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Congress expects to shut down the government down after tomorrow night’s deadline despite ongoing House and Senate work on separate stopgap funding measures.
House Republicans released revised text early this morning of a GOP leadership-backed stopgap bill — now called the “Spending Reduction and Border Security Act” — that would fund the government for a month while making cuts to some non-defense domestic spending programs, Lauren Dezenski reports.
Democrats haven’t agreed to the measure, and it’s not yet clear that Republicans will have enough votes to pass it through the House today. There’s no chance the Senate will pass the bill ahead of the shutdown deadline, and it’s considering a stopgap that would run longer and provide more funding, including aid to Ukraine.
GOP leaders desperate to move a short-term CR decided the best way to sell it is by another name.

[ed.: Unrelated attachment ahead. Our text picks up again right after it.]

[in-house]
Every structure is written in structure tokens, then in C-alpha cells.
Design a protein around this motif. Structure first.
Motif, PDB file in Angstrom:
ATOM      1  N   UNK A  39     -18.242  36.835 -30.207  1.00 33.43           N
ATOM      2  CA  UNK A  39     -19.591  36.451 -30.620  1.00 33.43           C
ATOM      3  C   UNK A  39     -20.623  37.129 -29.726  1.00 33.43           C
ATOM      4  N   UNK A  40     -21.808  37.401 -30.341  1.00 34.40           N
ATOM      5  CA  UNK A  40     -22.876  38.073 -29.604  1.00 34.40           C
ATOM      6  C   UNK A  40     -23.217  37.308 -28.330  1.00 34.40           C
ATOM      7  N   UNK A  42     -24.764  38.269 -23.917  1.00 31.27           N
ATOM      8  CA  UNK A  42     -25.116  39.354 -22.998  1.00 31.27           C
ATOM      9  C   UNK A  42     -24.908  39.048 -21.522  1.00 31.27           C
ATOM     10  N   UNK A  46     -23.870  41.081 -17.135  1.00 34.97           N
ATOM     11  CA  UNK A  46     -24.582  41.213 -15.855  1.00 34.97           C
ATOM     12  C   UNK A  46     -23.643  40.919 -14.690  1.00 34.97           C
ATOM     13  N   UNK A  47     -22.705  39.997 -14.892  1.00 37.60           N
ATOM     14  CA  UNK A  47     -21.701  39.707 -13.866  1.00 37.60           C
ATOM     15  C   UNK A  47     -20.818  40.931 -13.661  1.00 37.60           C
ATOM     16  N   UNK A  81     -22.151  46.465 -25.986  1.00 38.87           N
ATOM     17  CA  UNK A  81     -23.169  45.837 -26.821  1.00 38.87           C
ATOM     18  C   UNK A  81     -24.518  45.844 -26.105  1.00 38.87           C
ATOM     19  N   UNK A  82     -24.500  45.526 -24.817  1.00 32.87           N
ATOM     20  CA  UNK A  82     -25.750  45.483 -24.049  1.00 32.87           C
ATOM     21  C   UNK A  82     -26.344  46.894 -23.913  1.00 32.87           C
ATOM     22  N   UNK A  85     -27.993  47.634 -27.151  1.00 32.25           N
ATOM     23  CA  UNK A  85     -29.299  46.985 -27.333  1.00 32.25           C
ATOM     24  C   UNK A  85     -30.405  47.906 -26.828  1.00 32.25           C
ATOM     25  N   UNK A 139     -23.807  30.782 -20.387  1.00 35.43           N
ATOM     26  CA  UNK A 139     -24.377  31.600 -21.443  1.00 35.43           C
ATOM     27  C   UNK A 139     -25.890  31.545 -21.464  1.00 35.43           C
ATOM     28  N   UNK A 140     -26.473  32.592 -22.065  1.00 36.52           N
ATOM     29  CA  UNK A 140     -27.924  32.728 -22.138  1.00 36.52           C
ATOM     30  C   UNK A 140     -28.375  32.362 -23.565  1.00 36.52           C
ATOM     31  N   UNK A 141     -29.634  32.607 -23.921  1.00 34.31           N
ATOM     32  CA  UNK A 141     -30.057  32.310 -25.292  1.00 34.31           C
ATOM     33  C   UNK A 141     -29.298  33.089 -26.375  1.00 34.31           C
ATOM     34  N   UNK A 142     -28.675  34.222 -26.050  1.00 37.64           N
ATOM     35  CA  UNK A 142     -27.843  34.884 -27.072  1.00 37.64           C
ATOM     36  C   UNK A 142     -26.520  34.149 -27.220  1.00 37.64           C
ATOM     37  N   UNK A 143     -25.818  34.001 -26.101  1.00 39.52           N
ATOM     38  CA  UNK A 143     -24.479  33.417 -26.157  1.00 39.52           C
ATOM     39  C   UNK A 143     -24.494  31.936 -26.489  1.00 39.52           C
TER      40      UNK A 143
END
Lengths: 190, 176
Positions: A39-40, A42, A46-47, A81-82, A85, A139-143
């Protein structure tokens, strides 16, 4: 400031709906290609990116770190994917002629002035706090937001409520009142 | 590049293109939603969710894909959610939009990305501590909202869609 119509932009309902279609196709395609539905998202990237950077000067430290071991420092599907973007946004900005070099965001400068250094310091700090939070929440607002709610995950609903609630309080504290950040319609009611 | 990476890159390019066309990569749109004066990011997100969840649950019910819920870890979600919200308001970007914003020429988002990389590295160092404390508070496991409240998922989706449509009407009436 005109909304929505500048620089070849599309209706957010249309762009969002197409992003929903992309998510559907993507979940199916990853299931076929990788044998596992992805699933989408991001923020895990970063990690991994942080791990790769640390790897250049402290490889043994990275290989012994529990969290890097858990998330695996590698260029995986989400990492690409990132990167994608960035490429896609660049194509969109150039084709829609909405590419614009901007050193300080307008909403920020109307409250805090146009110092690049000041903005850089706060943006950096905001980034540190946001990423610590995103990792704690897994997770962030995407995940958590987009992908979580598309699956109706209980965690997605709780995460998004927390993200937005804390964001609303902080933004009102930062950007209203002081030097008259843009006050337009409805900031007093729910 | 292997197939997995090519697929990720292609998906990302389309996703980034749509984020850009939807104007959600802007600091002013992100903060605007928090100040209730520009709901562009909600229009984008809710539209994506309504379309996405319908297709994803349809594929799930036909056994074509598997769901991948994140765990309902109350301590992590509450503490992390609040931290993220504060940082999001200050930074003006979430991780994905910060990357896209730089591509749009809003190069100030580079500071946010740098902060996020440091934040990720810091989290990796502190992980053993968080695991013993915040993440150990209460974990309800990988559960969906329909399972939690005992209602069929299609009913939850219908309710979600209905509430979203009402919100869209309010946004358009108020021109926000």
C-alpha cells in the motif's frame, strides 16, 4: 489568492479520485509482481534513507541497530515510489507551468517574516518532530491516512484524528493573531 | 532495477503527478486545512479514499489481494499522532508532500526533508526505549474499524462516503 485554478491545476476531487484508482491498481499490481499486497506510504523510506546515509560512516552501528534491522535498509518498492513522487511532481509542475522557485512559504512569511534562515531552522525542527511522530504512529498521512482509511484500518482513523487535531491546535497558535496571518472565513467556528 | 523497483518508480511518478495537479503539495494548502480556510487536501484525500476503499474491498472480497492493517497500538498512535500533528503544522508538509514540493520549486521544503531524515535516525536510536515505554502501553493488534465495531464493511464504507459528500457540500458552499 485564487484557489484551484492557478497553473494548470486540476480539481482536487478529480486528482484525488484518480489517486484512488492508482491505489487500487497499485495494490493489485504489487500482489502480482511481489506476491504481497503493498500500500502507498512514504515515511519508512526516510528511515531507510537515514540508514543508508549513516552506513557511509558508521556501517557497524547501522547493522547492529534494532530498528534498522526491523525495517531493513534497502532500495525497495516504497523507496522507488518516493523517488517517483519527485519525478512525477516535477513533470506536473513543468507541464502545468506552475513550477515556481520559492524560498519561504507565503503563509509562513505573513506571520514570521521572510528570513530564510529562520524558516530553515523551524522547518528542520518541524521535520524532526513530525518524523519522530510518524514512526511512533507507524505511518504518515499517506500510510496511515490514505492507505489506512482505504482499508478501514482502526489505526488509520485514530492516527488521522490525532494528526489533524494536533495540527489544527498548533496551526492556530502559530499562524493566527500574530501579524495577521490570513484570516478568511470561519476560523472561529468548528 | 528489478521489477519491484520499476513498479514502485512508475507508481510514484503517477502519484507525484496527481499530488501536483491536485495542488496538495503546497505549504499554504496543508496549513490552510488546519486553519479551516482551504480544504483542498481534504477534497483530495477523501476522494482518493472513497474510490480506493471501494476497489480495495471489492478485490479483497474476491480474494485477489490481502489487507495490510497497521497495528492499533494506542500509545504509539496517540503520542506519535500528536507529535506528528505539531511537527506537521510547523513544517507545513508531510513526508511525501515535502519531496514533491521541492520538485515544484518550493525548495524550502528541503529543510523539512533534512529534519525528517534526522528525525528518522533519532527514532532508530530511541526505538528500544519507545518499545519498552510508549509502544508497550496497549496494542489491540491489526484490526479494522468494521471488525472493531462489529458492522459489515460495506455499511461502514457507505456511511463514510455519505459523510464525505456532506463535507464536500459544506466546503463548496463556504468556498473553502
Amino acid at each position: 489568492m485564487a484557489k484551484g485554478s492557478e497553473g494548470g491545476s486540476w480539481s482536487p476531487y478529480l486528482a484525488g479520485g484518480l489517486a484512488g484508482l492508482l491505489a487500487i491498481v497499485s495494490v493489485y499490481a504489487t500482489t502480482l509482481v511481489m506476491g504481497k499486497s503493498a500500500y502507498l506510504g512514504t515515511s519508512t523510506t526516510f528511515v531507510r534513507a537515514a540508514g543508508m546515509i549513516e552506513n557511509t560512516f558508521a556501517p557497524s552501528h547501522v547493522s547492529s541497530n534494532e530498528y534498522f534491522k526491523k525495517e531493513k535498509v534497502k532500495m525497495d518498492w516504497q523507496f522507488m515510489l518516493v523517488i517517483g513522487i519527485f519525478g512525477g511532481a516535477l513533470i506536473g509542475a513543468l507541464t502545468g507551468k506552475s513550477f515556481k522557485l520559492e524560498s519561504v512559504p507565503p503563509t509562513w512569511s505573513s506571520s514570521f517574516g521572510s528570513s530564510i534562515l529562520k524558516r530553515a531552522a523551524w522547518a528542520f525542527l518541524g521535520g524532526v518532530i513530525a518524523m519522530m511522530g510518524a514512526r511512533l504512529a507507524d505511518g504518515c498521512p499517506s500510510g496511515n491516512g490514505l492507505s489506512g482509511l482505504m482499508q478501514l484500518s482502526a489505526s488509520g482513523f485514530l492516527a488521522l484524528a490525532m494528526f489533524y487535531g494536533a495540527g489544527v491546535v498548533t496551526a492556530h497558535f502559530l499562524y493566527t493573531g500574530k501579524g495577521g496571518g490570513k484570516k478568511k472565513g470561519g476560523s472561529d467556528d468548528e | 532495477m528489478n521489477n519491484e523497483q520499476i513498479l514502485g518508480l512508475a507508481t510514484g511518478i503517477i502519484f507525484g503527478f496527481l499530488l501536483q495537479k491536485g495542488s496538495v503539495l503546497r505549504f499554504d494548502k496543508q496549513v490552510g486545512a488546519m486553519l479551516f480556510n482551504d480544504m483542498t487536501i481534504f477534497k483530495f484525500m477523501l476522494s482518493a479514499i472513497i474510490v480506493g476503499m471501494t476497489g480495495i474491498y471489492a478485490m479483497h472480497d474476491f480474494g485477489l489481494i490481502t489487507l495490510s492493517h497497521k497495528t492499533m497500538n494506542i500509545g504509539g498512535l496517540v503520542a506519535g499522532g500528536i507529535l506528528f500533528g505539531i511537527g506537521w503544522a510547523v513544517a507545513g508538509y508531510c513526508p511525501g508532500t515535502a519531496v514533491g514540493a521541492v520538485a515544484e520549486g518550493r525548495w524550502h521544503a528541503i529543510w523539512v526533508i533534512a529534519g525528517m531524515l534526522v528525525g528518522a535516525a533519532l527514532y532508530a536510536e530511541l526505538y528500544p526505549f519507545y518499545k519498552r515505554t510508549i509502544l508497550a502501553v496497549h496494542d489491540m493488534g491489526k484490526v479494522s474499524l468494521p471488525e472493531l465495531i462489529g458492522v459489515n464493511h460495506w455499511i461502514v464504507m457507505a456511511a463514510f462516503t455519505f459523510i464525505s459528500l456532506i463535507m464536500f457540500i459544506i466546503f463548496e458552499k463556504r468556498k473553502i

The term “continuing resolution” is an anathema to far-right Republicans who say Washington needs to break its cycle of delaying a spending debate until the last minute and then pass an omnibus package hammered out by leadership. Speaker Kevin McCarthy (R-Calif.) and his allies argue that the naysayers can still vote for their plan, since it isn’t technically a CR and would dramatically slash funding and include conservative border priorities.
The renaming ran into opposition from Republican holdouts who say they’re against a stopgap, whatever it’s called.
“A continuing resolution needs to be eulogized, not rebranded,” said Rep. Matt Gaetz (R-Fla.), an opponent of CRs and the speaker. Maeve Sheehey covers the sales pitch.
As the shutdown deadline approaches with neither the House nor Senate passing the 12 appropriations bills needed to keep the federal government running, most government operations will shut down this weekend, causing employees to be furloughed and curtailing many federal services. The almost-certain shutdown will have cascading effects and accumulating costs.